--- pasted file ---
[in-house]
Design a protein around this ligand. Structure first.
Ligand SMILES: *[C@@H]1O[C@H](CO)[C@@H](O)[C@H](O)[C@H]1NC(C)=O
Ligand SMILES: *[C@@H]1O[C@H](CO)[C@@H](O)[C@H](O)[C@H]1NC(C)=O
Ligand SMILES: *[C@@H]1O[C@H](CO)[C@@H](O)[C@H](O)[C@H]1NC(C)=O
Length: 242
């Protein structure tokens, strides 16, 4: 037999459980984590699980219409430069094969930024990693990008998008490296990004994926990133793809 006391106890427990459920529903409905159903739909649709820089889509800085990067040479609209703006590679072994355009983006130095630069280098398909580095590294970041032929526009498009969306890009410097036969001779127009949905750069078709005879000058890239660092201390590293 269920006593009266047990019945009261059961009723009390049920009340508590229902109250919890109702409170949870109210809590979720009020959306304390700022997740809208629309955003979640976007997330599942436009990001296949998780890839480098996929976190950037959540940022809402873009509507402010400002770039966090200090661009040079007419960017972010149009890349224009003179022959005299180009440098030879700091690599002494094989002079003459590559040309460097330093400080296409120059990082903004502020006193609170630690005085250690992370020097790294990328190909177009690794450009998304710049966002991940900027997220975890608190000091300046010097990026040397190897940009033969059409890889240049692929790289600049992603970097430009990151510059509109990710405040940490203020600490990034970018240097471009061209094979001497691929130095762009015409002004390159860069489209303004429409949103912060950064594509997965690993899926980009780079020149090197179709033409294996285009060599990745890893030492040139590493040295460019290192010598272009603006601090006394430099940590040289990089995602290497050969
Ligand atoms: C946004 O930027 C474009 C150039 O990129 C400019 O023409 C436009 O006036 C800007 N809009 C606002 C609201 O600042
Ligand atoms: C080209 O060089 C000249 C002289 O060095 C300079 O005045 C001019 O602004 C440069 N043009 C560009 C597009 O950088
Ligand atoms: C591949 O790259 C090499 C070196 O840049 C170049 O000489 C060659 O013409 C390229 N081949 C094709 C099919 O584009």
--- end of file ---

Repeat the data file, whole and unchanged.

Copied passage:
[in-house]
Design a protein around this ligand. Structure first.
Ligand SMILES: *[C@@H]1O[C@H](CO)[C@@H](O)[C@H](O)[C@H]1NC(C)=O
Ligand SMILES: *[C@@H]1O[C@H](CO)[C@@H](O)[C@H](O)[C@H]1NC(C)=O
Ligand SMILES: *[C@@H]1O[C@H](CO)[C@@H](O)[C@H](O)[C@H]1NC(C)=O
Length: 242
């Protein structure tokens, strides 16, 4: 037999459980984590699980219409430069094969930024990693990008998008490296990004994926990133793809 006391106890427990459920529903409905159903739909649709820089889509800085990067040479609209703006590679072994355009983006130095630069280098398909580095590294970041032929526009498009969306890009410097036969001779127009949905750069078709005879000058890239660092201390590293 269920006593009266047990019945009261059961009723009390049920009340508590229902109250919890109702409170949870109210809590979720009020959306304390700022997740809208629309955003979640976007997330599942436009990001296949998780890839480098996929976190950037959540940022809402873009509507402010400002770039966090200090661009040079007419960017972010149009890349224009003179022959005299180009440098030879700091690599002494094989002079003459590559040309460097330093400080296409120059990082903004502020006193609170630690005085250690992370020097790294990328190909177009690794450009998304710049966002991940900027997220975890608190000091300046010097990026040397190897940009033969059409890889240049692929790289600049992603970097430009990151510059509109990710405040940490203020600490990034970018240097471009061209094979001497691929130095762009015409002004390159860069489209303004429409949103912060950064594509997965690993899926980009780079020149090197179709033409294996285009060599990745890893030492040139590493040295460019290192010598272009603006601090006394430099940590040289990089995602290497050969
Ligand atoms: C946004 O930027 C474009 C150039 O990129 C400019 O023409 C436009 O006036 C800007 N809009 C606002 C609201 O600042
Ligand atoms: C080209 O060089 C000249 C002289 O060095 C300079 O005045 C001019 O602004 C440069 N043009 C560009 C597009 O950088
Ligand atoms: C591949 O790259 C090499 C070196 O840049 C170049 O000489 C060659 O013409 C390229 N081949 C094709 C099919 O584009």